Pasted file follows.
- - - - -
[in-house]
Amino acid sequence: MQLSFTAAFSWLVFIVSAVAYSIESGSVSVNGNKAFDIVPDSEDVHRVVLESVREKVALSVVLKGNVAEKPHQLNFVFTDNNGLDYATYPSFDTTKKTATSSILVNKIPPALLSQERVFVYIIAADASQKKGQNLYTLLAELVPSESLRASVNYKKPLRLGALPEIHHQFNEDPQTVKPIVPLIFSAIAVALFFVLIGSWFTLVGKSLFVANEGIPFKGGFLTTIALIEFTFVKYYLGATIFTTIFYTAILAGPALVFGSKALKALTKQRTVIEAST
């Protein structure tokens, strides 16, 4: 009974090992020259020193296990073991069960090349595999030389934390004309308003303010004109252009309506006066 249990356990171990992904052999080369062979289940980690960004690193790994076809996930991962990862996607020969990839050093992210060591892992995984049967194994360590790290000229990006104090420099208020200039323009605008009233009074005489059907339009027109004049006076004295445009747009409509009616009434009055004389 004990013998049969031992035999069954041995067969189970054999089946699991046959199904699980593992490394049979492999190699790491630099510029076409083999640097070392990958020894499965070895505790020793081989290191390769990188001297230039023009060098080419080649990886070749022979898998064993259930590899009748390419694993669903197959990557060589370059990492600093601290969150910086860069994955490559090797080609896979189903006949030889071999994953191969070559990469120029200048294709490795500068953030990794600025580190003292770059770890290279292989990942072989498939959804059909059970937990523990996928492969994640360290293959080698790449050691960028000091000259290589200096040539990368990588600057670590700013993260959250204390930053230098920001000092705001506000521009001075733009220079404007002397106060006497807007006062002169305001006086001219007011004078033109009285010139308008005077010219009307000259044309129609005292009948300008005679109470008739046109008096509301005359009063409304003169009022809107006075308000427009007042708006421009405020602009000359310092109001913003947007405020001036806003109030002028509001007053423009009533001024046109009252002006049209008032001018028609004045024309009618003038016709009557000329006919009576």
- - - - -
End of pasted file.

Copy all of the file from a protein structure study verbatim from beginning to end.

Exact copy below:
[in-house]
Amino acid sequence: MQLSFTAAFSWLVFIVSAVAYSIESGSVSVNGNKAFDIVPDSEDVHRVVLESVREKVALSVVLKGNVAEKPHQLNFVFTDNNGLDYATYPSFDTTKKTATSSILVNKIPPALLSQERVFVYIIAADASQKKGQNLYTLLAELVPSESLRASVNYKKPLRLGALPEIHHQFNEDPQTVKPIVPLIFSAIAVALFFVLIGSWFTLVGKSLFVANEGIPFKGGFLTTIALIEFTFVKYYLGATIFTTIFYTAILAGPALVFGSKALKALTKQRTVIEAST
């Protein structure tokens, strides 16, 4: 009974090992020259020193296990073991069960090349595999030389934390004309308003303010004109252009309506006066 249990356990171990992904052999080369062979289940980690960004690193790994076809996930991962990862996607020969990839050093992210060591892992995984049967194994360590790290000229990006104090420099208020200039323009605008009233009074005489059907339009027109004049006076004295445009747009409509009616009434009055004389 004990013998049969031992035999069954041995067969189970054999089946699991046959199904699980593992490394049979492999190699790491630099510029076409083999640097070392990958020894499965070895505790020793081989290191390769990188001297230039023009060098080419080649990886070749022979898998064993259930590899009748390419694993669903197959990557060589370059990492600093601290969150910086860069994955490559090797080609896979189903006949030889071999994953191969070559990469120029200048294709490795500068953030990794600025580190003292770059770890290279292989990942072989498939959804059909059970937990523990996928492969994640360290293959080698790449050691960028000091000259290589200096040539990368990588600057670590700013993260959250204390930053230098920001000092705001506000521009001075733009220079404007002397106060006497807007006062002169305001006086001219007011004078033109009285010139308008005077010219009307000259044309129609005292009948300008005679109470008739046109008096509301005359009063409304003169009022809107006075308000427009007042708006421009405020602009000359310092109001913003947007405020001036806003109030002028509001007053423009009533001024046109009252002006049209008032001018028609004045024309009618003038016709009557000329006919009576």